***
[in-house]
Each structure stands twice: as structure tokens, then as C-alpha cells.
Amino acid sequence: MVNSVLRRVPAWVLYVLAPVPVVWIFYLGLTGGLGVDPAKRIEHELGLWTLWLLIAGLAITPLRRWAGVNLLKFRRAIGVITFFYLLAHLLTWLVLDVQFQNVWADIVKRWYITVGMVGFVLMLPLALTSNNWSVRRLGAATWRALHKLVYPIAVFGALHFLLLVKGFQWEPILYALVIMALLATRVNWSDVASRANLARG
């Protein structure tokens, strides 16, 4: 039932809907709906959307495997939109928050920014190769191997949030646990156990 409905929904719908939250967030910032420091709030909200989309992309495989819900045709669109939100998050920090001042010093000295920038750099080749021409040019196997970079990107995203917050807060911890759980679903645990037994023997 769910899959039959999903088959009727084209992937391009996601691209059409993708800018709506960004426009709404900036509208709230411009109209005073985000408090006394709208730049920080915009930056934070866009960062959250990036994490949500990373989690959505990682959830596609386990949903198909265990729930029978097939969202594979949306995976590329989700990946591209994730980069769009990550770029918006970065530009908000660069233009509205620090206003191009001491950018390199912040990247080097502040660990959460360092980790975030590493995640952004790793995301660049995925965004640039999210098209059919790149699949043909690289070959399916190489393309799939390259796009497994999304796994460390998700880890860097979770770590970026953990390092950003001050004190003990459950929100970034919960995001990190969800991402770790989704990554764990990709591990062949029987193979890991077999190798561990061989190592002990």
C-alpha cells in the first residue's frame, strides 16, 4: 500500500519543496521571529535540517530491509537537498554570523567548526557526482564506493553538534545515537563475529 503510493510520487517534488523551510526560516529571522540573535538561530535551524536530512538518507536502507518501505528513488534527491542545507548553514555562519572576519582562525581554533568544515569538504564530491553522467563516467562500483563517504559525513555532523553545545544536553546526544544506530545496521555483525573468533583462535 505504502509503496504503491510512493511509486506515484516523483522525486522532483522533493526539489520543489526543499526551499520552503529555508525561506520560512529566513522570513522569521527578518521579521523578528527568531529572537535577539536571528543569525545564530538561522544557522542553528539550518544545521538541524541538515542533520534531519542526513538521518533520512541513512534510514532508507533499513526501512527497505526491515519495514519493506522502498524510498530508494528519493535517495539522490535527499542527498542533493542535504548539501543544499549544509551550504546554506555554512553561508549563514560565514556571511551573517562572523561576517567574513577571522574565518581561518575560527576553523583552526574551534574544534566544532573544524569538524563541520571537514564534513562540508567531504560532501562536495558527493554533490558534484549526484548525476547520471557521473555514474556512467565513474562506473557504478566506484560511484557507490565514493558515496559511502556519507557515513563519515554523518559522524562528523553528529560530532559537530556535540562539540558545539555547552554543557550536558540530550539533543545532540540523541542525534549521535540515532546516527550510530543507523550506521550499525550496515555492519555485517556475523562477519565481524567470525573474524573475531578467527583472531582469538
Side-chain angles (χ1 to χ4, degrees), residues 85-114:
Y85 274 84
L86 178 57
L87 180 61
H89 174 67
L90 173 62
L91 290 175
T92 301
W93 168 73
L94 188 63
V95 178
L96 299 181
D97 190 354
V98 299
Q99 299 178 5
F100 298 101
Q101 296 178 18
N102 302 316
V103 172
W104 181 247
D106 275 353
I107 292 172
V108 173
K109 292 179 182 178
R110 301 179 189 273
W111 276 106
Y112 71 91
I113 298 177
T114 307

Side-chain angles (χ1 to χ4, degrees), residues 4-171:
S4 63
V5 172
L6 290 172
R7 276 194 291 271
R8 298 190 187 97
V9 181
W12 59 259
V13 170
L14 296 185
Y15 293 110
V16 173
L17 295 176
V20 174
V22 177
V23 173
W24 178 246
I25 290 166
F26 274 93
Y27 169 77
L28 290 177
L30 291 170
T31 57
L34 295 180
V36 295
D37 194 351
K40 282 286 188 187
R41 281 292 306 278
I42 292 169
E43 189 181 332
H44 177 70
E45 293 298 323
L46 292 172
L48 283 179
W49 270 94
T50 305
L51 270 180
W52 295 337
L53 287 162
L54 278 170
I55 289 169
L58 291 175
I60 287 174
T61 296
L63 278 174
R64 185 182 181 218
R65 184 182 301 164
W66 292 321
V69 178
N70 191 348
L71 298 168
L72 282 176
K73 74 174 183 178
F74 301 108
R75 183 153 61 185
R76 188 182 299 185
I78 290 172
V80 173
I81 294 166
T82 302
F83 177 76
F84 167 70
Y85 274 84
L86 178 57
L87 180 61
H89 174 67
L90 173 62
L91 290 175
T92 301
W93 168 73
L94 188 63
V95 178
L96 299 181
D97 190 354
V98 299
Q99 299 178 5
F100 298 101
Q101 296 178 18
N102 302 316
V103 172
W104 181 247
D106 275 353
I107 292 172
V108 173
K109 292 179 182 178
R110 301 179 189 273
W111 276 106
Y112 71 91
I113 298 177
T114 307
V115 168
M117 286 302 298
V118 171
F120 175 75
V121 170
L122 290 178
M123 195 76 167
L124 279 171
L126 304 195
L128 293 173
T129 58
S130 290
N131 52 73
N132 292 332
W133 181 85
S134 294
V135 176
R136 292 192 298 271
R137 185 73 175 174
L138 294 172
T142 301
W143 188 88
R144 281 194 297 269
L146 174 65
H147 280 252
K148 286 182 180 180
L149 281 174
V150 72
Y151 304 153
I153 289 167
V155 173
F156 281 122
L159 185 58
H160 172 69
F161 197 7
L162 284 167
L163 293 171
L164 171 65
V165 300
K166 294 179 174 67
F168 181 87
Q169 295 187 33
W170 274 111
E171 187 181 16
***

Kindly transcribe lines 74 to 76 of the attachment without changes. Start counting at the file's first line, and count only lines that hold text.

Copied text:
L54 278 170
I55 289 169
L58 291 175